It is the time of year when our praises and poems include recollection of your role in proclaiming what happened this evening not so many years ago. We yearn sometimes for proof that you exist, and ponder whether your good grace has been demonstrated by someone's timely good fortune. And we wonder if -- we wish it to be true that -- you walk among us.
There was someone (somewhere some when during the year) who surmised that angels become human "...so that they can know what chocolate tastes like." Well, maybe. I suppose that trying to explain what chocolate tastes like is a bit like trying to quantify how many angels can dance on the head of a pin.
But it seems short-sighted or selfish or both, as though your existence was based on whether one would want to ask (or have an answer to) the question "Is the juice worth the squeeze?" (or the variant "Is the effort worth the sauce?"): more "instant gratification" rather than long-term benefit for all (or, at least, for others). An addiction to chocolate sauce and lemon chicken notwithstanding, there is something to look forward to after the sauce. God's plan was likely for more than The First Day, and His first objective was probably for more than that First Day of Rest six days later.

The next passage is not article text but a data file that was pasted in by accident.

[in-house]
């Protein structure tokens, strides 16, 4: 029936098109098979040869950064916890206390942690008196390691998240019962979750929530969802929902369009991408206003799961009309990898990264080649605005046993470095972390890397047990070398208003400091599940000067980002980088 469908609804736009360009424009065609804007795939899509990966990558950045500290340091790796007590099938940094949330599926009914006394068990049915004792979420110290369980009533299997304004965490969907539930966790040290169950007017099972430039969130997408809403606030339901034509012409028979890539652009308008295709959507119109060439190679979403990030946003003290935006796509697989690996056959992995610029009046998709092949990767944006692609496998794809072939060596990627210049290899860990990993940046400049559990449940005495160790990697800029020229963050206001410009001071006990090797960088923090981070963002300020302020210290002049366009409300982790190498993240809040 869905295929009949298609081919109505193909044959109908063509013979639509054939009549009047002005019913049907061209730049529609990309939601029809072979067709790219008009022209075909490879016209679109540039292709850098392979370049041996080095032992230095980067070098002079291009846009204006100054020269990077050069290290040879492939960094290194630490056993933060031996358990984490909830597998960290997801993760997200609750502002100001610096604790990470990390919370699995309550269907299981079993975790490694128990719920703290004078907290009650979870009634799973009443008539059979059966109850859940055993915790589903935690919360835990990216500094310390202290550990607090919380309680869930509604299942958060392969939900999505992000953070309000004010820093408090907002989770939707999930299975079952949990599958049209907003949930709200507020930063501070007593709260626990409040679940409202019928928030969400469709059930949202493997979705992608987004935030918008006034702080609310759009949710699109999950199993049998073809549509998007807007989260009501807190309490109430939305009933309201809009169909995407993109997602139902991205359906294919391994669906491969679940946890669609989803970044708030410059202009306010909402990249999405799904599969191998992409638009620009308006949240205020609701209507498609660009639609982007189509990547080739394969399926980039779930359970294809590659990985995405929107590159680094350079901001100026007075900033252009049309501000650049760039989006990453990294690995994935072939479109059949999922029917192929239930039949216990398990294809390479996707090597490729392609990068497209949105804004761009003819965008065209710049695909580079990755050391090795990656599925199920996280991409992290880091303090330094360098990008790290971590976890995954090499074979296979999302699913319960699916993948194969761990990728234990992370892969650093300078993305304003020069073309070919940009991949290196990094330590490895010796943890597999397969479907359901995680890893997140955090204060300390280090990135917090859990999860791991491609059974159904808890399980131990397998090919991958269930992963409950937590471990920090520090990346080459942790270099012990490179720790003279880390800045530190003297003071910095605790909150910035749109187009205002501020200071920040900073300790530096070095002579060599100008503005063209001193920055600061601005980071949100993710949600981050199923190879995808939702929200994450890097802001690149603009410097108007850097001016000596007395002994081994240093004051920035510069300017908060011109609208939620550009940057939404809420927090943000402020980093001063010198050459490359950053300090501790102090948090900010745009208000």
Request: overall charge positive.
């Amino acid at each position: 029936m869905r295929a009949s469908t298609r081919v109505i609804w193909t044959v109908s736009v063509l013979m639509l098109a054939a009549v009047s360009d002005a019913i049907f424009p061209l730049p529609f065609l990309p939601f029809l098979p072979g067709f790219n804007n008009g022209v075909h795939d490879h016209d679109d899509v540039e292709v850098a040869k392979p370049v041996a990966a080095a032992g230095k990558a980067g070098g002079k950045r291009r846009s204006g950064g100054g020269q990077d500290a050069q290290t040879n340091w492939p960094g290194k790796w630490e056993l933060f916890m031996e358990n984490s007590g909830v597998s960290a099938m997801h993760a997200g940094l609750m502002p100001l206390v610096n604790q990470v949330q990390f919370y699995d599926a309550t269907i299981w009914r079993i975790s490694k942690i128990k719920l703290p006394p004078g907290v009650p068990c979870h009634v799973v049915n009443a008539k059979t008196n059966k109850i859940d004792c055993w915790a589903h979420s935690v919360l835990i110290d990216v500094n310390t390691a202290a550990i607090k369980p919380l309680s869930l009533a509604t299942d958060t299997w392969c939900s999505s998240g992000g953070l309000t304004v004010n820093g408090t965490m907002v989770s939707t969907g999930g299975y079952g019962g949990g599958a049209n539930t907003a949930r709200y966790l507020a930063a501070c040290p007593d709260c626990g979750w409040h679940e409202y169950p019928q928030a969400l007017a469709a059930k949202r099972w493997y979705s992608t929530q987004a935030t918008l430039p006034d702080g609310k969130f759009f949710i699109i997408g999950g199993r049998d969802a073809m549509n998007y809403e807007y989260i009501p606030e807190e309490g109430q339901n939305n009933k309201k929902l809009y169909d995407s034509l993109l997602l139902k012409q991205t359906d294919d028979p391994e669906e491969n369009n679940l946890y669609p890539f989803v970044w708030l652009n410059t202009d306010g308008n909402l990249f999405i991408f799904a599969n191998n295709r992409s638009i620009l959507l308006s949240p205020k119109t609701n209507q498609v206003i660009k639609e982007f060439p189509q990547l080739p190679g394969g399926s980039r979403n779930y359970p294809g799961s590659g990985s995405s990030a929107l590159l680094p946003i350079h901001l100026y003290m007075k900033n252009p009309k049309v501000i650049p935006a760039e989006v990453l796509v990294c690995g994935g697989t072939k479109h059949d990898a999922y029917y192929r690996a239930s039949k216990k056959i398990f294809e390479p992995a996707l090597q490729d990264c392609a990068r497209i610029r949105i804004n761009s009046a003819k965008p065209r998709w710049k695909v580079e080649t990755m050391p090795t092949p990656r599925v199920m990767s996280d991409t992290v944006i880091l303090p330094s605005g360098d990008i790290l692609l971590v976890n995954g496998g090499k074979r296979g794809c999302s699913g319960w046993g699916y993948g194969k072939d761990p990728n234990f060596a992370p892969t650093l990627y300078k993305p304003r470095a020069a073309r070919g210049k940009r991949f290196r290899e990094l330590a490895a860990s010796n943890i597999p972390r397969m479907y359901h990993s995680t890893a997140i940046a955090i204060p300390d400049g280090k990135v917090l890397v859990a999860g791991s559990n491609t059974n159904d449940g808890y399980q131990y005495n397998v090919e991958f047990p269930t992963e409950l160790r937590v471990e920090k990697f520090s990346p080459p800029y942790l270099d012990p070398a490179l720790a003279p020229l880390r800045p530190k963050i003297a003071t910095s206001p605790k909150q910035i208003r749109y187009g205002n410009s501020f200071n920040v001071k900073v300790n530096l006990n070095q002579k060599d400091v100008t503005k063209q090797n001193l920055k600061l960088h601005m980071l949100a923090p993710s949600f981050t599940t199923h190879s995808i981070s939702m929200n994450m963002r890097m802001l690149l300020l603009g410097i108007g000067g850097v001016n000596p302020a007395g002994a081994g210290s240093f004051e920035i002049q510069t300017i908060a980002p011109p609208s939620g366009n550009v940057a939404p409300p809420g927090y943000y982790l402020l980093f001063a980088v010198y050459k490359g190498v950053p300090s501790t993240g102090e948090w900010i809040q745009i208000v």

If it is true that angels become human, perhaps the reason is more than to experience one or all of the five senses. Perhaps it allows the Angel to experience even a fraction of what Creation might have been like: to give light to those who despair that the universe is dark; to give a firmament to those who have no hope; to bring forth life when there are those who do not choose life; to aid another to behold everything and to see that it is very good.
The hymns for you this evening are deserved all through the year: our contemplations about you allow our faith to be explored... and cause our contemplations to be more joyful. We mortals may never know whether your true purpose is to experience a chocolate-sugar cascade or to create a universe within the Universe... but we should always be thankful that, on this evening, you pointed out to us the Life in our world and the Joy to the World.
Vernon R.J. Schmid
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